Landlords with empty Denver storefronts to sell ads in the space
The Denver Post
Several vacant storefronts in Denver are about to get dressed up with eye-catching advertisements as landlords with empty street-level spaces look for ways to make them pay, even without tenants. Sturm Realty Group is working on a deal with New York-based Inwindow Outdoor to liven up its empty retail space at 158 Fillmore Plaza. Gart Properties recently signed an agreement with Orlando, Fla.-based Monster Media for the former Virgin Megastore windows fronting the 16th Street Mall.
“Given our particular situation, where we have intentionally held some storefronts off the market, it at least provides some activity at the street level,” said Taber Sweet, real estate manager for Sturm Realty Group, owner of the Fillmore property. “It livens up a storefront that otherwise would sit empty.”
Gart wants Monster Media to swap out its ads frequently so the content doesn’t get stale, said Susan Cantwell, the company’s director of leasing.
“We’re much more interested in something exciting and cool than we are in making a little bit of cash,” Cantwell said.
That said, the arrangement does help landlords offset revenue loss associated with rising vacancy rates. Companies such as Sprint, Snickers, JetBlue and Pepsi pay Inwindow Outdoors to create temporary displays for the windows.
“It’s dressing up the storefront to make it more attractive, and in most cases it does attract people and maybe prospective tenants to the space,” said Ray Lee, Inwindow’s managing director of real estate. “We’re taking a storefront with no activity to a perceived value with a sense of activity. Neighboring merchants like it because they’re not sitting next to a vacant set of windows.”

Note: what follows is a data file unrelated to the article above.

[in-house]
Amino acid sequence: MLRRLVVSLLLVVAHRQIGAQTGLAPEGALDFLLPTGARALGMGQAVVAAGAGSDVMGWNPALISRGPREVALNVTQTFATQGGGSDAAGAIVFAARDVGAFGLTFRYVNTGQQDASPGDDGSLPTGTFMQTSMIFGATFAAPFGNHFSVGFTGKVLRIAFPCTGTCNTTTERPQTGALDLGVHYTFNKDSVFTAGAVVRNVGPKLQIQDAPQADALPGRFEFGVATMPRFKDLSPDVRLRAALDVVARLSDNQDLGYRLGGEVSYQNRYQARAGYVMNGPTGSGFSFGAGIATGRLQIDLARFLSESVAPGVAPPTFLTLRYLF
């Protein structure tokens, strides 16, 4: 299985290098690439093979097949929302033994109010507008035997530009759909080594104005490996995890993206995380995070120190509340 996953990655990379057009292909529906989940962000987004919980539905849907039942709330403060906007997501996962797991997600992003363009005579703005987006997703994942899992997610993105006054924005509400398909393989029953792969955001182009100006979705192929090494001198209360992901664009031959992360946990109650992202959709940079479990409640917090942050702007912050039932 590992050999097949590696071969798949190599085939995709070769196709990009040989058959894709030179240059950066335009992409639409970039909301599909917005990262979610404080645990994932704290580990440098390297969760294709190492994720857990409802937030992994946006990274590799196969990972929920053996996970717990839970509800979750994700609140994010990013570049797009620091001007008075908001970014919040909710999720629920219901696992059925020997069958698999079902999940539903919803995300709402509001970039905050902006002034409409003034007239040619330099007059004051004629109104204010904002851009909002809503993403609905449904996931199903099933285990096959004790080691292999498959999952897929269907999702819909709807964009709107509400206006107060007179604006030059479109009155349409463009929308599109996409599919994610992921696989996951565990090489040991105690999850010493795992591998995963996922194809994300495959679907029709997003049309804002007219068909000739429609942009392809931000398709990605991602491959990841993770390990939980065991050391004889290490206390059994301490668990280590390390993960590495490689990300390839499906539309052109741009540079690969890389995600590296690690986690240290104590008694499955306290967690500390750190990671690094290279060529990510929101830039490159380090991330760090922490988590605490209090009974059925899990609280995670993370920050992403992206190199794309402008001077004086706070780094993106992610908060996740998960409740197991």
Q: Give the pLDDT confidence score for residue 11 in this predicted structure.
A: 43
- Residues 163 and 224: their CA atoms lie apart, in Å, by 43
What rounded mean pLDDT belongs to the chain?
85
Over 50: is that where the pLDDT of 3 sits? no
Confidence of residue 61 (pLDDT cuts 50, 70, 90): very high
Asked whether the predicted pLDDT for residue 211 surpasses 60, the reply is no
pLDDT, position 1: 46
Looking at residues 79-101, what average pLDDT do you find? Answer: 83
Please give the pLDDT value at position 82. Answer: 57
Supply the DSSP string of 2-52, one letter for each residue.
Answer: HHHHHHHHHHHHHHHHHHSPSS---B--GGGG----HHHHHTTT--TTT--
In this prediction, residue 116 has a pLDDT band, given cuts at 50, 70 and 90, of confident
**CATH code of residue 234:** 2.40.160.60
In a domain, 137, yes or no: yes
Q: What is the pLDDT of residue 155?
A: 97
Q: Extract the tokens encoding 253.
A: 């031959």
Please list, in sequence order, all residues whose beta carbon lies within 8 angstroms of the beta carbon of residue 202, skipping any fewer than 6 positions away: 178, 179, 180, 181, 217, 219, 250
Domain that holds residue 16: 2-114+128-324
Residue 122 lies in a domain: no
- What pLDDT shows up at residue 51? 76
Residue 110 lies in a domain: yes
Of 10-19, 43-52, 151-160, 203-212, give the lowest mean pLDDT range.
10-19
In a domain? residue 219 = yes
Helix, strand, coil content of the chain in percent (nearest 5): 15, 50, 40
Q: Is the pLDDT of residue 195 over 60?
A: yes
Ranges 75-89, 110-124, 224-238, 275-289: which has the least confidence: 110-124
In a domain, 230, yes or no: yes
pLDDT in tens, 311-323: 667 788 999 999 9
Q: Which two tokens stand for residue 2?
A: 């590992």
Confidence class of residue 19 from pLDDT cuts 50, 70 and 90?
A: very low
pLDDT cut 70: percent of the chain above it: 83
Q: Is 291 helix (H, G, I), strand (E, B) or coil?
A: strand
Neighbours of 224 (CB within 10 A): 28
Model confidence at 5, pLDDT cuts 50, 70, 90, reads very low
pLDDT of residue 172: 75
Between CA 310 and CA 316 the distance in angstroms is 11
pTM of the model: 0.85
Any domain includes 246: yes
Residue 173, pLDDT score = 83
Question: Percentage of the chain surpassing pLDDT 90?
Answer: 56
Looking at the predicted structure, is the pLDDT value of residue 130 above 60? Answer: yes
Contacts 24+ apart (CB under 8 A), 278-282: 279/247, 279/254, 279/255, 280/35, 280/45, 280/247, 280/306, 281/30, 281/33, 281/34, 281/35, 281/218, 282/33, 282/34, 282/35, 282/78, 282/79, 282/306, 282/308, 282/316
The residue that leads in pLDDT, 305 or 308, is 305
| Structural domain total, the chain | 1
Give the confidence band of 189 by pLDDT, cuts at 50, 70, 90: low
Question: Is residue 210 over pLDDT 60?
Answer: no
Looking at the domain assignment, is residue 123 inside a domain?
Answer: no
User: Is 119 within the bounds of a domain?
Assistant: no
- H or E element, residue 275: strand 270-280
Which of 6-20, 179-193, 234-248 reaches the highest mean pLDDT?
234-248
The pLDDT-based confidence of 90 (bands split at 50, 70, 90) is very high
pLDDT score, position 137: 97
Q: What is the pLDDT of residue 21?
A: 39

Inwindow expects to have its first ads in Denver by the fourth quarter, Lee said. In addition to the Cherry Creek property, Inwindow is working with landlords at 1520 Market St. and 910 15th St.
The ads themselves range from static to interactive, with components such as touch screens, 3-D, holograms and Bluetooth to engage the pedestrian.
Sweet said he has not been told which company will be advertising on Fillmore.
While the concept of third-party advertising in empty windows is relatively new to Denver, keeping vacant storefronts interesting is common.
Larimer Associates, for example, has wrapped the windows of the former Z Gallerie space on Larimer Square with a bright collage of photos promoting Larimer Square to ensure that the vacant space conveys the district’s vibrancy.
“We’re trying to keep the area vital, colorful and exciting,” said Margaret Ebeling, spokeswoman for Larimer Associates. “If you have empty storefronts, people have this natural belief that something’s wrong. That’s not always the case – it’s just space in transition. It’s window dressing.”
Margaret Jackson: 303-954-1473 or firstname.lastname@example.org
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